I headed up to Bellingham, the drive alone filling me with elated nostalgia. I know I'm a total dork, but I actually started cheering when I got north of Mount Vernon and Mount Baker peaked over the hills. There is something about that 15 miles before Bellingham that make me feel like I'm really coming home to something, like the snow-dusted Chuckanuts are holding you in a little embrace before you round that last curve and see the sign shouting "Bellingham: Next 7 Exits"! After living there most of my adult life, it might be nestled a little deeper in my heart than Seattle is. I had to walk along the water to Boulevard Park, eat an Avenue Bread sandwich, sip a Black Drop americano, catch up with friends over cheese and wine at the Temple Bar, see some local live music at an ever-changing State Street venue, drink a Boundary Scotch Ale, wander around the Farmer's Market, hike to Fragrance Lake, and people-watch at the co-op. There are still so many people I want to see and things I want to do around that little city, and I will definitely be back up soon. I just love this place and it feels wonderful to have the time to sit with that love, adore and appreciate this life with these people. I'm not sure exactly where I'll head next, but for now I've never been more content not going anywhere at all.

Sunday, April 10, 2011

Home Sweet Home

I made it home safe and sound after 13 months in Asia. I had an awesome year, and I'm also very happy to be back in Seattle. Here's something I wrote about a month ago when I first got to Thailand, as I was enjoying my travels but dreaming of home:

(Written Thursday March 10)

It's a tropical paradise of white beaches, torquoise water, soft sand, colorful fish, luscious fruit. Almost sterile in its beauty- too bright, too clean. And I don't want it any more. I want slate-green ocean and grey skies, beaches so rocky and rocks so barnacled you must wear sandals to swim. Messy, slimy waterfront of kelp and bladder-rack. Purple starfish the most vibrant animal underwater. Boring, boring, comfortingly boring clear jellyfish. Kale and carrots and local berries. Blackberries so abundant and invasive you can't sell them. Apples, delicious but unpretentious. These are our fruits. Salmon, caught and smoked by a family member. Cold water that I hold dear. Crisp, austere Cascades. Aloof Olympics. Rain that you can walk in but not swim in. Kids who eye me cautiously because I'm a stranger but not a foreigner. I want to complain about the lack of sun, not nurse a sunburn. I want to wear that old hat I've had for too long, and the knit scarf that is all stretched out. Cowgirl boots and rubber boots. Trade instant coffee for something organic, locally-roasted, and snobbily-brewed. Trade mango lassi for yerba mate. A chance to make my mom laugh, one of my favorite things. A chance for my friends to make me laugh.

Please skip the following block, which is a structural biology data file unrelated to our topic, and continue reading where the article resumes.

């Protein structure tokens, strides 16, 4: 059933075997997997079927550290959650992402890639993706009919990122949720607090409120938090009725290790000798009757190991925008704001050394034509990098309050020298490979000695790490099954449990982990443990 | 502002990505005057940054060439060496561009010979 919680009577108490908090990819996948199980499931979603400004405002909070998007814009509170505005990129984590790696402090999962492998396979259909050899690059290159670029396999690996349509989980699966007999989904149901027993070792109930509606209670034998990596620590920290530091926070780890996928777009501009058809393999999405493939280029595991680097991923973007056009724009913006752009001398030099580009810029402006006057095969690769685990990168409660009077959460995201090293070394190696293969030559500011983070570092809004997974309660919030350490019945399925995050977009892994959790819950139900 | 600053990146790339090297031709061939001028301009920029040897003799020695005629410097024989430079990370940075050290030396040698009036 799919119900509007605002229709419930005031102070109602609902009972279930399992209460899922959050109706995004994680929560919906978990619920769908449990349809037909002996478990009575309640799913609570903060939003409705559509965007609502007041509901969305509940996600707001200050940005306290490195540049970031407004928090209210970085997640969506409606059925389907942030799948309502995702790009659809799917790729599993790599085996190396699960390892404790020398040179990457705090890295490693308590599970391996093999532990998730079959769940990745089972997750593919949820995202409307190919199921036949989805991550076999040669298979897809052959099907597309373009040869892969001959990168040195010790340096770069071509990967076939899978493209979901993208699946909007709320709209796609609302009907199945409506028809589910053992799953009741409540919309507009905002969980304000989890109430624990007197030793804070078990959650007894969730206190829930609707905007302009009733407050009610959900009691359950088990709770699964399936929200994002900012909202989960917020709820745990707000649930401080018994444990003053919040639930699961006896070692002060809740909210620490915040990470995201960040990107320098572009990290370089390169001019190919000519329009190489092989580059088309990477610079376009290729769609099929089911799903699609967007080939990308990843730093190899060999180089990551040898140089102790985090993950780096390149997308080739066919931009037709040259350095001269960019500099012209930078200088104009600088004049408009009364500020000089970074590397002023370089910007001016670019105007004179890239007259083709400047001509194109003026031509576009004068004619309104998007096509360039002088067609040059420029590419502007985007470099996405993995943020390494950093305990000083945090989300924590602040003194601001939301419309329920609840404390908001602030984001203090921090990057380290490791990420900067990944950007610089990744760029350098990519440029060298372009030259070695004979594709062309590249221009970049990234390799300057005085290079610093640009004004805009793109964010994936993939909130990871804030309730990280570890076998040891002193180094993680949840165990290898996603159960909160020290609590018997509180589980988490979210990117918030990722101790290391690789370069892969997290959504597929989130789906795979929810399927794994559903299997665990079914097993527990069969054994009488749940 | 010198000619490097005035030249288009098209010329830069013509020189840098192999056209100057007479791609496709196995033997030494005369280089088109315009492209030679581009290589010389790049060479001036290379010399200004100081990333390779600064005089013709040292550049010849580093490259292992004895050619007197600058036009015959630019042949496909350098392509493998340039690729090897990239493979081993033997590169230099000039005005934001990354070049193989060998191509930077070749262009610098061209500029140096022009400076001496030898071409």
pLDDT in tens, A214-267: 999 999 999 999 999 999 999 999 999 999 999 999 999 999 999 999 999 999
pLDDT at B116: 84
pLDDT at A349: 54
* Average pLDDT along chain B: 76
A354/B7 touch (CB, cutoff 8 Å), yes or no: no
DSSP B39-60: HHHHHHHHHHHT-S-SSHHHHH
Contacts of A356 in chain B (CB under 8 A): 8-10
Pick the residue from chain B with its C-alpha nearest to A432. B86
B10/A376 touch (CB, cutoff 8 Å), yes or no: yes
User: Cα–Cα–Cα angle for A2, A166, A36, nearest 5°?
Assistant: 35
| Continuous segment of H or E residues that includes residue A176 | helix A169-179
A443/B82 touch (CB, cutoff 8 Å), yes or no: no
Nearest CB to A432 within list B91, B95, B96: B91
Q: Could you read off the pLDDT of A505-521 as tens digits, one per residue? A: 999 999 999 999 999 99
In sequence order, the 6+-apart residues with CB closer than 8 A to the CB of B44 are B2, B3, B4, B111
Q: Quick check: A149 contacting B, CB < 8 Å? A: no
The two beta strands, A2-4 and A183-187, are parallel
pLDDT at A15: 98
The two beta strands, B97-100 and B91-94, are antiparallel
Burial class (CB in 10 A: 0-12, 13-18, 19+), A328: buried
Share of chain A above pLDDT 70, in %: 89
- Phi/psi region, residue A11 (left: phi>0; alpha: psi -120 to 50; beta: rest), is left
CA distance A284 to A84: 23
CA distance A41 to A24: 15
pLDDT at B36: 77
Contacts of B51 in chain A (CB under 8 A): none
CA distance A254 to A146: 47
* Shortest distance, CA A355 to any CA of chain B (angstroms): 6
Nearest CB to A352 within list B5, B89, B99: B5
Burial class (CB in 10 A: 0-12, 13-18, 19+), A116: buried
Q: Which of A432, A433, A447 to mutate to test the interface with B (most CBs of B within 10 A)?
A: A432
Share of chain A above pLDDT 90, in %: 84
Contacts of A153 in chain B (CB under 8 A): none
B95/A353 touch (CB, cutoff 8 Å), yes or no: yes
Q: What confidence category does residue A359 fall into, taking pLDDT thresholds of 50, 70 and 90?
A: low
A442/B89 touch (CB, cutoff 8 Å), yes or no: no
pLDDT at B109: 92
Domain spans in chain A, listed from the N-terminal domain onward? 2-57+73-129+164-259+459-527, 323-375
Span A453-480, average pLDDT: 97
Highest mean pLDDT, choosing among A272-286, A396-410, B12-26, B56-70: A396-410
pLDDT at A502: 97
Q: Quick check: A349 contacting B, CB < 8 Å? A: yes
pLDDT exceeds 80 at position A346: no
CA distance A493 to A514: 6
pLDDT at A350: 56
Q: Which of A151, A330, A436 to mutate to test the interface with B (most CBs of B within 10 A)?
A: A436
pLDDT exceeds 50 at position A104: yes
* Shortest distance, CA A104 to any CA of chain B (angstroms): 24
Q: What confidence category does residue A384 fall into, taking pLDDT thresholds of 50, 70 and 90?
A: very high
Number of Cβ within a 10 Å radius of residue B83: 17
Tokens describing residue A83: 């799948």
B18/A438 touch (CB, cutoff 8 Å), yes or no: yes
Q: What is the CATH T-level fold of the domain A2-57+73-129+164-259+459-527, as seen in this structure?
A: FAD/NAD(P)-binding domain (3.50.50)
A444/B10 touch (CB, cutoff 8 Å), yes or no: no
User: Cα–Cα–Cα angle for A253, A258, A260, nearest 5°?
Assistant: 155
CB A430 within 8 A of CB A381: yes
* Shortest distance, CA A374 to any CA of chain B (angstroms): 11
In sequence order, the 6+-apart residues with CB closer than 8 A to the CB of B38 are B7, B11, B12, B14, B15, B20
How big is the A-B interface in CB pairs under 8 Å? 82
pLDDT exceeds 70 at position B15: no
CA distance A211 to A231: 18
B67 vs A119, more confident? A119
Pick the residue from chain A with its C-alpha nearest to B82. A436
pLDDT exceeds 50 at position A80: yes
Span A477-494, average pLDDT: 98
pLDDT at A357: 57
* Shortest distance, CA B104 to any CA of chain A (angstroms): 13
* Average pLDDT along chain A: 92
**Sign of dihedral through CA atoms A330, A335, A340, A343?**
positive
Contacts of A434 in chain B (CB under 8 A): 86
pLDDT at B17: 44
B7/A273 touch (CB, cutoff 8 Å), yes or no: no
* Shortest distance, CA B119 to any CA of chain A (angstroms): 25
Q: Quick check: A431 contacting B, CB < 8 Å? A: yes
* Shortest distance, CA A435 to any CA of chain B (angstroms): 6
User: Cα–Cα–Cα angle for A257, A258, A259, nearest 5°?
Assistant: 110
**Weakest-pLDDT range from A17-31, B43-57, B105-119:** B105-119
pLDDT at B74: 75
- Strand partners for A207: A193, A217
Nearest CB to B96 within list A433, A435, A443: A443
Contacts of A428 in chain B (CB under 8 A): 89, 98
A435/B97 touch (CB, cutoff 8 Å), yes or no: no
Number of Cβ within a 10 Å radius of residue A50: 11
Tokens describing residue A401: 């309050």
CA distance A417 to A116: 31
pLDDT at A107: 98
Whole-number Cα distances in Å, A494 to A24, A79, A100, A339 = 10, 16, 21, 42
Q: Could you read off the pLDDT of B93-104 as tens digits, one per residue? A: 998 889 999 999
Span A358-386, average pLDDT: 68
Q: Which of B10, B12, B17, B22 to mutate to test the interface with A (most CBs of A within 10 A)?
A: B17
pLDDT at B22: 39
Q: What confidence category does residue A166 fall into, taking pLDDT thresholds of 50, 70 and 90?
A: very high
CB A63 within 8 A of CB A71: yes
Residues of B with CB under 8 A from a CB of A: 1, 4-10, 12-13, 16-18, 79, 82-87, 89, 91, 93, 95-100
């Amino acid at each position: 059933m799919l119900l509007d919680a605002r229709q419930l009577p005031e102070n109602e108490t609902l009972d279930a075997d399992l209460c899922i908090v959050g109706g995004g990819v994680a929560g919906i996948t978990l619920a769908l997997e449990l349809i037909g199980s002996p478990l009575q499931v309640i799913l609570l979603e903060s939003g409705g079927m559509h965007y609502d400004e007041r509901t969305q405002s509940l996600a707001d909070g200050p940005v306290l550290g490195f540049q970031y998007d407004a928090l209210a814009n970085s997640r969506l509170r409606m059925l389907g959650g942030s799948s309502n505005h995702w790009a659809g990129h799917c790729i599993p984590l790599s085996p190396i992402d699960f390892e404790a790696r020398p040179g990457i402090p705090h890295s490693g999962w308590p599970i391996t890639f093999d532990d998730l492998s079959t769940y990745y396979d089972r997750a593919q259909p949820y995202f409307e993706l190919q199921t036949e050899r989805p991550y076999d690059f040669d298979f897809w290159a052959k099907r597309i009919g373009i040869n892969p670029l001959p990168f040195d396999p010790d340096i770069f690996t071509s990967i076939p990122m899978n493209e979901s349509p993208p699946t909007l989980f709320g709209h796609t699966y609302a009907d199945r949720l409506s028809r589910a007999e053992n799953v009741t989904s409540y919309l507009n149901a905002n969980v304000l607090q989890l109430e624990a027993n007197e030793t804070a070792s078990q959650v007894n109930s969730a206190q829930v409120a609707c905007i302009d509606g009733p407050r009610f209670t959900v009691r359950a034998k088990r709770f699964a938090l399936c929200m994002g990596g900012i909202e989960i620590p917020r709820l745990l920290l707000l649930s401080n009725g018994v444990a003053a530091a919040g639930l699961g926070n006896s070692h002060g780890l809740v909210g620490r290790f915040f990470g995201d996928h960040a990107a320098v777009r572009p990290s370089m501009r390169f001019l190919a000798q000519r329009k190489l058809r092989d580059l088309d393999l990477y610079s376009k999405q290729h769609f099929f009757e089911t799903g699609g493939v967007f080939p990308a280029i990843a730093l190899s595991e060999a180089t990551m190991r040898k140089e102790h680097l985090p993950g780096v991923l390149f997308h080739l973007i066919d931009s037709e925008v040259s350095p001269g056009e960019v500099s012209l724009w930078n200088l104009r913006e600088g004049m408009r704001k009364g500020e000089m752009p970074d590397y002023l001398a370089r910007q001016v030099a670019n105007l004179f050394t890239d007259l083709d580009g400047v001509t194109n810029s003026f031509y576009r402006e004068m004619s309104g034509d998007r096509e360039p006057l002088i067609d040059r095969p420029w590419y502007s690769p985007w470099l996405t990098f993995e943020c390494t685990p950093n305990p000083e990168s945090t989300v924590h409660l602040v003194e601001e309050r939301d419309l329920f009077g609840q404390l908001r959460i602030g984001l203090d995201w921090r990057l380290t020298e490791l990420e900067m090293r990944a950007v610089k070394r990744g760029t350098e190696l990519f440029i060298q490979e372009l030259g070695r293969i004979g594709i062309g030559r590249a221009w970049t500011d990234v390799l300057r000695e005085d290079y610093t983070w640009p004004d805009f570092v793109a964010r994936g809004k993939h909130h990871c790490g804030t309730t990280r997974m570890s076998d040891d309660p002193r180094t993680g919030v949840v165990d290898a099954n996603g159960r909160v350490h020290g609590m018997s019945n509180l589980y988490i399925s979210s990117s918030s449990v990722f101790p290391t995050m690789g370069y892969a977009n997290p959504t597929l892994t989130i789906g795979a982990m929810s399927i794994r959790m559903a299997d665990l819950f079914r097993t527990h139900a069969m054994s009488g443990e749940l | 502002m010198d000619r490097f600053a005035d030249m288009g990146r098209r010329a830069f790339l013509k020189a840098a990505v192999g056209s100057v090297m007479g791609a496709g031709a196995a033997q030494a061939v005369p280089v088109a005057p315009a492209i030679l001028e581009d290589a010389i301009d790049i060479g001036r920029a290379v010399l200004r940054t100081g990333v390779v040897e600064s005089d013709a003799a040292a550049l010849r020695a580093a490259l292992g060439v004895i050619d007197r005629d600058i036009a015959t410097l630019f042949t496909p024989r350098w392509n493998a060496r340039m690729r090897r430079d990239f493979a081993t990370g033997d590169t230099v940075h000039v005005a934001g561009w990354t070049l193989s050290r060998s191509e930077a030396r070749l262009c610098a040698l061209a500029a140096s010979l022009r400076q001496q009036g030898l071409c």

Friday, April 1, 2011

Back to Thailand

It was nice to arrive back at the airport in Bangkok and have it feel familiar. Just over 3 weeks ago, I was mildly shocked at leaving Korea and being in another new country. But it was already routine coming here, knowing where things were and hopping on the train to the city. It was a crazy day of travel, since the night before I had taken an overnight bus from Nha Trang, Vietnam, back to Saigon. I got in around 7am and had just enough time to say goodbye to Jacklyn one more time and take a shower before doing an organized tour of the Cu Chi Tunnels at 8:15. These are a huge underground tunnel system where Viet Cong hid during the war. I returned to in time to grab some lunch and get a taxi to the airport, catch my flight, and then try to make my way to the Northern Bus Terminal in Bangkok for yet another overnight bus. It was sort of a ridiculous day to plan into my trip, and I was prepared for something to go wrong, but amazingly nothing did. Instead, I got to the bus station at 9pm with a bus leaving in half and hour, so it was perfect. I managed to get a decent amount of sleep, and when I woke up was in the northern city of Chiang Mai.